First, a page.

Sunday, May 03, 2009

What I have learned about women in twenty years of marriage.

Very, very little. In fact, I can honestly say that the intricacies of the female mind are as much a mystery to me today as they were on that June afternoon some twenty years ago. It is not that I have failed to learn anything about how women think; rather it is how the principles and rules of the female mind are not hard and fast. I would suggest that being a husband is like taking one of those multiple-choice tests where you are supposed to pick the “most correct” answer. You may pick a solution that seems right, but it is not the “right” right answer your wife was looking for.

Consider a certain problem that you may encounter with your wife; the correct answer you chose the last time may not be the right one on this occasion. I can almost hear a hushed “amen” from the husbands out there. However, if you are a wife reading this, you will say, the husband obviously is not learning anything and making the same mistake again.

So, short of any Jedi mind tricks, is there a way to deal with these constantly changing rules? I can think of three, each has its upside and downsides.

The first is to feign some sort of benign ignorance. “Oh, I’m sorry honey, when you said not to buy any more guns, I thought for sure you meant shotguns, and as you can see, this is a rifle.” This strategy has its downside when you actually do have a great idea, and your wife will not consider it because she thinks you may have a mild form of developmental disability.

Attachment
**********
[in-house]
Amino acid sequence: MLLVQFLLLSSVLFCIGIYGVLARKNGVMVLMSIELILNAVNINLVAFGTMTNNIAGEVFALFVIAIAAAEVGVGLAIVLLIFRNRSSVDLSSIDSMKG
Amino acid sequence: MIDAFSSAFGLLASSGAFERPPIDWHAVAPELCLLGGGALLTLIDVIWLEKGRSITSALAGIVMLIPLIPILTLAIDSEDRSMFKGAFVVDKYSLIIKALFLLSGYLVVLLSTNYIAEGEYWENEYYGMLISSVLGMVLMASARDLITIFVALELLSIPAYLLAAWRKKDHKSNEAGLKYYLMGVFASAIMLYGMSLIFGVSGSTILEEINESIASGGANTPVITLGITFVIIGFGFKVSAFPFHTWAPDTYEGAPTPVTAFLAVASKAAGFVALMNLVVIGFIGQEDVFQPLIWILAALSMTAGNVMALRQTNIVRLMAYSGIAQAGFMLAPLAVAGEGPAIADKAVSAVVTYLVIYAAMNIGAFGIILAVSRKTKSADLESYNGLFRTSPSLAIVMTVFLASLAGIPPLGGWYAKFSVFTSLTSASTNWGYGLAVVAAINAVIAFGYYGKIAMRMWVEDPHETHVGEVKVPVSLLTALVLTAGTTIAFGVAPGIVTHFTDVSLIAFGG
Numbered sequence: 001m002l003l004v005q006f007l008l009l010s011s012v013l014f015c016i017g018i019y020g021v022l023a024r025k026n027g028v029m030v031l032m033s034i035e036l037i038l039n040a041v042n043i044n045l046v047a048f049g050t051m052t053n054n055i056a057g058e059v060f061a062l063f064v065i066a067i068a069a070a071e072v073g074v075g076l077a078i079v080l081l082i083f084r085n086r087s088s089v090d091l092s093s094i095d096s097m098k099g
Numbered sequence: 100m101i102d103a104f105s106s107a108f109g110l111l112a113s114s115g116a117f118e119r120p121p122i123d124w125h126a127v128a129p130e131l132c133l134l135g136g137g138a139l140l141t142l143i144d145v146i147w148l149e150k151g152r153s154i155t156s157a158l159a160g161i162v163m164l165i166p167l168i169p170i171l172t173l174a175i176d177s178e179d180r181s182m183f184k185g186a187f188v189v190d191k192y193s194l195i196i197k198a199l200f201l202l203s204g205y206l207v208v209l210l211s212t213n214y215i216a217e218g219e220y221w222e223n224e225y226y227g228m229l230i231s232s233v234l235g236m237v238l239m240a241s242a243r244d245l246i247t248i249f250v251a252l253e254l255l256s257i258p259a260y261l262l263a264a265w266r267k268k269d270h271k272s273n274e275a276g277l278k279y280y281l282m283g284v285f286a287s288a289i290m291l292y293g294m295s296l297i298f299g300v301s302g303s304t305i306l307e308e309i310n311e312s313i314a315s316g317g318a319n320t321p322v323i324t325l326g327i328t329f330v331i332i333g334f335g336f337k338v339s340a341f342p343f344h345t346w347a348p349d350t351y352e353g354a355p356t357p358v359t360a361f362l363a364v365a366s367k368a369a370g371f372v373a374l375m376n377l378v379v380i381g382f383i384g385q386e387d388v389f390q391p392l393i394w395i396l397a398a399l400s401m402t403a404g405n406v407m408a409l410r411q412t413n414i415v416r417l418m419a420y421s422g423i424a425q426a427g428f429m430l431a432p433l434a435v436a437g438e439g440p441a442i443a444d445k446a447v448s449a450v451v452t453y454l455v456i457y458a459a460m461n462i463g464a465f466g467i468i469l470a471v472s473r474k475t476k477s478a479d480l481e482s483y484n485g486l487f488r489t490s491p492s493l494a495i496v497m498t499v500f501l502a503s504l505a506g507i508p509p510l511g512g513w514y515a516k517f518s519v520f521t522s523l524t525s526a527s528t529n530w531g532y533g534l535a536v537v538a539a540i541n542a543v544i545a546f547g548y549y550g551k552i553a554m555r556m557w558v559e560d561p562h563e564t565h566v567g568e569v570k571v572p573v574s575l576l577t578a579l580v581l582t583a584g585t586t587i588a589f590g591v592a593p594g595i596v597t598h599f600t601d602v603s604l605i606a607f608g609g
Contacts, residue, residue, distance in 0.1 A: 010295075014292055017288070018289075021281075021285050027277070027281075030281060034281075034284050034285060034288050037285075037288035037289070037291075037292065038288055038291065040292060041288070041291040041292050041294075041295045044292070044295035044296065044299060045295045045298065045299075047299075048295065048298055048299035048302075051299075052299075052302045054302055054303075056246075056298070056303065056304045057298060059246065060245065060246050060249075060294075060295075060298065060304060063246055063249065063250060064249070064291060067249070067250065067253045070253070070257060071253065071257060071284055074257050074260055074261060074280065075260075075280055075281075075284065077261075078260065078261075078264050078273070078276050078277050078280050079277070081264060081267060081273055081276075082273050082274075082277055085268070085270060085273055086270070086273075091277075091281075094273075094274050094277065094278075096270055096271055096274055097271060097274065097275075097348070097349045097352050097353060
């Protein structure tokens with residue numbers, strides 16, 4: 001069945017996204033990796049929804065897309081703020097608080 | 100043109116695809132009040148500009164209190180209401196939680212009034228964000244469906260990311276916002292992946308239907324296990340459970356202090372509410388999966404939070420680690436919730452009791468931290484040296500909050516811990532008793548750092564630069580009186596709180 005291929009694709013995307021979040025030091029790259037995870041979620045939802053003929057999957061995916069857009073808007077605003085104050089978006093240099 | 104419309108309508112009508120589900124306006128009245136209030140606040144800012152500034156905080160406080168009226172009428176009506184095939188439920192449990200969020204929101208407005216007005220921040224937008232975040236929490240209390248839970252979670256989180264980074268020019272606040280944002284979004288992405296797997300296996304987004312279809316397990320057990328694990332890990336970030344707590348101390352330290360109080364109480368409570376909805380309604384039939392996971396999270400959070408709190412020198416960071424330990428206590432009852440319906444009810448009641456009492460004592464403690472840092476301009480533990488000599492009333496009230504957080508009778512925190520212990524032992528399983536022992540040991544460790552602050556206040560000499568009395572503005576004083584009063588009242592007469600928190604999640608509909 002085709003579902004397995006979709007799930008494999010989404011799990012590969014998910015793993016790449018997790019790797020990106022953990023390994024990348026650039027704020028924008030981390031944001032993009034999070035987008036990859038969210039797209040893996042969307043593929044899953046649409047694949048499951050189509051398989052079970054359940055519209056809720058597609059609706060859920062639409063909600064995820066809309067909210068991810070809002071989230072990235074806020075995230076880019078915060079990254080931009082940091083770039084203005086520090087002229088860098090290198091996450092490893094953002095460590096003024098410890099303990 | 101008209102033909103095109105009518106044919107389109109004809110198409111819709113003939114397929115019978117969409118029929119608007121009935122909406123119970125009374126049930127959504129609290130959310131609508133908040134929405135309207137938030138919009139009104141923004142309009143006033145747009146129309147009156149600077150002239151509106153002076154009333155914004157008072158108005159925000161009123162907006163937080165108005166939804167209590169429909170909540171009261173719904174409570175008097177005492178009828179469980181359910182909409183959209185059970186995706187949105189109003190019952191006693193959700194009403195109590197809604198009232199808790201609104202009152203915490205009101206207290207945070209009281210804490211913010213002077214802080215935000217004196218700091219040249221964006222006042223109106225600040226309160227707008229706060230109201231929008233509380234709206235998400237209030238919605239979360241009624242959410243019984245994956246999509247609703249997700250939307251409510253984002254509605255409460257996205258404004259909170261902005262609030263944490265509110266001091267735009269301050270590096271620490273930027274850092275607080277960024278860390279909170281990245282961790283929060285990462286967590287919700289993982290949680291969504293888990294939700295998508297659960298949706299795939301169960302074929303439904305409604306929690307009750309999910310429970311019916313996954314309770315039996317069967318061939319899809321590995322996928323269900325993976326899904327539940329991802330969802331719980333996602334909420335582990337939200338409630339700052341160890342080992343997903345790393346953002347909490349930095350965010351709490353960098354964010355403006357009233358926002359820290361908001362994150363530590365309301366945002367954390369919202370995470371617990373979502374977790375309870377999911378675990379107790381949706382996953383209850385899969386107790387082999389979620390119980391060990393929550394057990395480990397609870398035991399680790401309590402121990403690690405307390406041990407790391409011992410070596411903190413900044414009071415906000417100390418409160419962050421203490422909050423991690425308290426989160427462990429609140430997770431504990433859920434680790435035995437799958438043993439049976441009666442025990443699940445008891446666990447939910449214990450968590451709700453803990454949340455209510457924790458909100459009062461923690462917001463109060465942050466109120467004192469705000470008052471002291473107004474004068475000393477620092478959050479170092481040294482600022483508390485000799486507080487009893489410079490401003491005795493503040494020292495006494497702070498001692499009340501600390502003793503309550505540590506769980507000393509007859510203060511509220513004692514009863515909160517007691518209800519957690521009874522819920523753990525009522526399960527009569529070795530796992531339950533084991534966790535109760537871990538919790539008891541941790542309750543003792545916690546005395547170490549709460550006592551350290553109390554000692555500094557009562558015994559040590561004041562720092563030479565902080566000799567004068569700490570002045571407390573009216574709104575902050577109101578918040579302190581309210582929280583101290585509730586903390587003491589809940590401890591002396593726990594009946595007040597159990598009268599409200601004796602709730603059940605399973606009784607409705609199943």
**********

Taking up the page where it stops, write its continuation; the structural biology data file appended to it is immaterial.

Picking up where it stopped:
The second is to ditch the married life altogether and become a professional bachelor. You can get up at noon on Saturdays, you can leave the toilet seat up, have beer for breakfast, and you can make nachos using spicy pork rinds and Velveeta without anyone saying a word. The downside is being alone for years could turn you into the Unabomber. I wonder if they found any spicy pork rinds or Velveeta in that Montana cabin.

The third is to stop trying to figure out how they work, and start listening to them. I mean stop what you are doing, and really listen to your wife. I will admit that I have not tried this particular tactic very often, and I am unsure how useful it could be, but it’s worth a try. The downside? You must discontinue the use of the first tactic, feigned ignorance, which is too bad because it can be very effective.

I hope to see you at the Friends of the NRA Dinner at the Elk’s Hall on Thursday. I wonder if my wife would be upset if a win a new gun in a raffle. I may have to turn over that new leaf of listening on Friday. Monday for sure.

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